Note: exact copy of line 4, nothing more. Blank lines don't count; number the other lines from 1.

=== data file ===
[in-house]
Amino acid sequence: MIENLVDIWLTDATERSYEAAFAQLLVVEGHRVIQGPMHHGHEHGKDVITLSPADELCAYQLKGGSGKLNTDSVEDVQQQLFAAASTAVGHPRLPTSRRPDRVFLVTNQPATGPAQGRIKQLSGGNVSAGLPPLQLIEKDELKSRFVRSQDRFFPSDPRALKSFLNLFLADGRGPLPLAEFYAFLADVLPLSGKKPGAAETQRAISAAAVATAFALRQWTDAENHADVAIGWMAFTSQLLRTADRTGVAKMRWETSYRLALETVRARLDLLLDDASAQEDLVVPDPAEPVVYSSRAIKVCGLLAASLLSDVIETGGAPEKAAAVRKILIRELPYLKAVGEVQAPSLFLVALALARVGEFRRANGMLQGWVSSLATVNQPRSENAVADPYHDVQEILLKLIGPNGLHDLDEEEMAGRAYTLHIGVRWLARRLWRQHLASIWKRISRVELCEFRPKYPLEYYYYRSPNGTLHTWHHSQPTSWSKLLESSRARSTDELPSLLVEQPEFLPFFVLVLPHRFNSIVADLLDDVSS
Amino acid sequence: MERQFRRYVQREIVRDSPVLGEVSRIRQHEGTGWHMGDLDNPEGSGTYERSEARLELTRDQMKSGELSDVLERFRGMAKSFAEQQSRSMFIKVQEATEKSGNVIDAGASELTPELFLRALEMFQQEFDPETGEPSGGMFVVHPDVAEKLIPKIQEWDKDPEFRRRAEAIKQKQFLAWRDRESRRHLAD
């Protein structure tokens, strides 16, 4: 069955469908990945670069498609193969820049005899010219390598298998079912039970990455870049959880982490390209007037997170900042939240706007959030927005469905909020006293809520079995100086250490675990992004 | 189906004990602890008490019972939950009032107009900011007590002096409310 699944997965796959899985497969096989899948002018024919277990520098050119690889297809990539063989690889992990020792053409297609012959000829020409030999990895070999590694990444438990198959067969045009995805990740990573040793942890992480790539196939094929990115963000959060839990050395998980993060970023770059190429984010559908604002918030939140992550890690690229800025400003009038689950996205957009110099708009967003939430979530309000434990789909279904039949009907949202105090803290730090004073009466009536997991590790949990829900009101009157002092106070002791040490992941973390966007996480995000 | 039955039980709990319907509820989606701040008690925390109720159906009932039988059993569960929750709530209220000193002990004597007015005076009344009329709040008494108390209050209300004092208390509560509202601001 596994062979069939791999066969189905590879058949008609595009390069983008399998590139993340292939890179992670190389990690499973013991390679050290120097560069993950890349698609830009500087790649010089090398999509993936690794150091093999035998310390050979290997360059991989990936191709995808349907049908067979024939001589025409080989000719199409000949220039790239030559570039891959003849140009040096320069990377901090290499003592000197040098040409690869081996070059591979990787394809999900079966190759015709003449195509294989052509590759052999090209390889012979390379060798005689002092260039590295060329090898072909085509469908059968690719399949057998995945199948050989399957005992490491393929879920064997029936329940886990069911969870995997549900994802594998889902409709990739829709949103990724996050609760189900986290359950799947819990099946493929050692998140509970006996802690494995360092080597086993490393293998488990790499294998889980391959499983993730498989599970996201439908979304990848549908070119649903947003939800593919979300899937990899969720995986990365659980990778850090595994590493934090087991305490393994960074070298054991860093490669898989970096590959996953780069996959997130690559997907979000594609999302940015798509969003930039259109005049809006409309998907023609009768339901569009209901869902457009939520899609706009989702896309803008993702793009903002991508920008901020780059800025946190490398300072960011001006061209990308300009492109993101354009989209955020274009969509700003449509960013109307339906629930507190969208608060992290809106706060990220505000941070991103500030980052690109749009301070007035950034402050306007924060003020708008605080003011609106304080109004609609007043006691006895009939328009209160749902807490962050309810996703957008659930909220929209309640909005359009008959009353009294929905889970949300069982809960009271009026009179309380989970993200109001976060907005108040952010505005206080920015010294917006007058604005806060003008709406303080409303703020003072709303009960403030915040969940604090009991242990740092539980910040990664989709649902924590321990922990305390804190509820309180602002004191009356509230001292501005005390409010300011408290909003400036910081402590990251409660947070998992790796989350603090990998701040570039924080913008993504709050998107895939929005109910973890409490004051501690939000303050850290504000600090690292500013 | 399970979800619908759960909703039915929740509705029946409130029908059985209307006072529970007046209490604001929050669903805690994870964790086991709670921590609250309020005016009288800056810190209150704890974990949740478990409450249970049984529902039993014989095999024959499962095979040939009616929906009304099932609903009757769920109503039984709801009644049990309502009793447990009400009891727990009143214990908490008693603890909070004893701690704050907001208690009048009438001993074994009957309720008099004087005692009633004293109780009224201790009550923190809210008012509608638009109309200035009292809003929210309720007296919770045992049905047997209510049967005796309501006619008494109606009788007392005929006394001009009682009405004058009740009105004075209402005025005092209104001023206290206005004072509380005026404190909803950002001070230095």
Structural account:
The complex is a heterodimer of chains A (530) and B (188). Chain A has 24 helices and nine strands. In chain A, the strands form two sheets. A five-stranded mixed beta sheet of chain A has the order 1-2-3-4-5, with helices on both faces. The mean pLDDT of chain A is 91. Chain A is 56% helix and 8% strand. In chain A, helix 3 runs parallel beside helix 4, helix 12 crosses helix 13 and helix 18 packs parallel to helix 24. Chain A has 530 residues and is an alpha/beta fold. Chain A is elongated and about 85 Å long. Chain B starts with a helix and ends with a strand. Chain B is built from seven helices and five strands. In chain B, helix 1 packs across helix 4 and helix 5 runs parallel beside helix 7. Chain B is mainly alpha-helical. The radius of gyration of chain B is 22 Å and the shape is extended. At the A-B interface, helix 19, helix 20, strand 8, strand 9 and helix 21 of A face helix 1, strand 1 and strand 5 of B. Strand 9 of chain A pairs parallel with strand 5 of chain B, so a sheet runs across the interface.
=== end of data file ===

């Protein structure tokens, strides 16, 4: 069955469908990945670069498609193969820049005899010219390598298998079912039970990455870049959880982490390209007037997170900042939240706007959030927005469905909020006293809520079995100086250490675990992004 | 189906004990602890008490019972939950009032107009900011007590002096409310 699944997965796959899985497969096989899948002018024919277990520098050119690889297809990539063989690889992990020792053409297609012959000829020409030999990895070999590694990444438990198959067969045009995805990740990573040793942890992480790539196939094929990115963000959060839990050395998980993060970023770059190429984010559908604002918030939140992550890690690229800025400003009038689950996205957009110099708009967003939430979530309000434990789909279904039949009907949202105090803290730090004073009466009536997991590790949990829900009101009157002092106070002791040490992941973390966007996480995000 | 039955039980709990319907509820989606701040008690925390109720159906009932039988059993569960929750709530209220000193002990004597007015005076009344009329709040008494108390209050209300004092208390509560509202601001 596994062979069939791999066969189905590879058949008609595009390069983008399998590139993340292939890179992670190389990690499973013991390679050290120097560069993950890349698609830009500087790649010089090398999509993936690794150091093999035998310390050979290997360059991989990936191709995808349907049908067979024939001589025409080989000719199409000949220039790239030559570039891959003849140009040096320069990377901090290499003592000197040098040409690869081996070059591979990787394809999900079966190759015709003449195509294989052509590759052999090209390889012979390379060798005689002092260039590295060329090898072909085509469908059968690719399949057998995945199948050989399957005992490491393929879920064997029936329940886990069911969870995997549900994802594998889902409709990739829709949103990724996050609760189900986290359950799947819990099946493929050692998140509970006996802690494995360092080597086993490393293998488990790499294998889980391959499983993730498989599970996201439908979304990848549908070119649903947003939800593919979300899937990899969720995986990365659980990778850090595994590493934090087991305490393994960074070298054991860093490669898989970096590959996953780069996959997130690559997907979000594609999302940015798509969003930039259109005049809006409309998907023609009768339901569009209901869902457009939520899609706009989702896309803008993702793009903002991508920008901020780059800025946190490398300072960011001006061209990308300009492109993101354009989209955020274009969509700003449509960013109307339906629930507190969208608060992290809106706060990220505000941070991103500030980052690109749009301070007035950034402050306007924060003020708008605080003011609106304080109004609609007043006691006895009939328009209160749902807490962050309810996703957008659930909220929209309640909005359009008959009353009294929905889970949300069982809960009271009026009179309380989970993200109001976060907005108040952010505005206080920015010294917006007058604005806060003008709406303080409303703020003072709303009960403030915040969940604090009991242990740092539980910040990664989709649902924590321990922990305390804190509820309180602002004191009356509230001292501005005390409010300011408290909003400036910081402590990251409660947070998992790796989350603090990998701040570039924080913008993504709050998107895939929005109910973890409490004051501690939000303050850290504000600090690292500013 | 399970979800619908759960909703039915929740509705029946409130029908059985209307006072529970007046209490604001929050669903805690994870964790086991709670921590609250309020005016009288800056810190209150704890974990949740478990409450249970049984529902039993014989095999024959499962095979040939009616929906009304099932609903009757769920109503039984709801009644049990309502009793447990009400009891727990009143214990908490008693603890909070004893701690704050907001208690009048009438001993074994009957309720008099004087005692009633004293109780009224201790009550923190809210008012509608638009109309200035009292809003929210309720007296919770045992049905047997209510049967005796309501006619008494109606009788007392005929006394001009009682009405004058009740009105004075209402005025005092209104001023206290206005004072509380005026404190909803950002001070230095």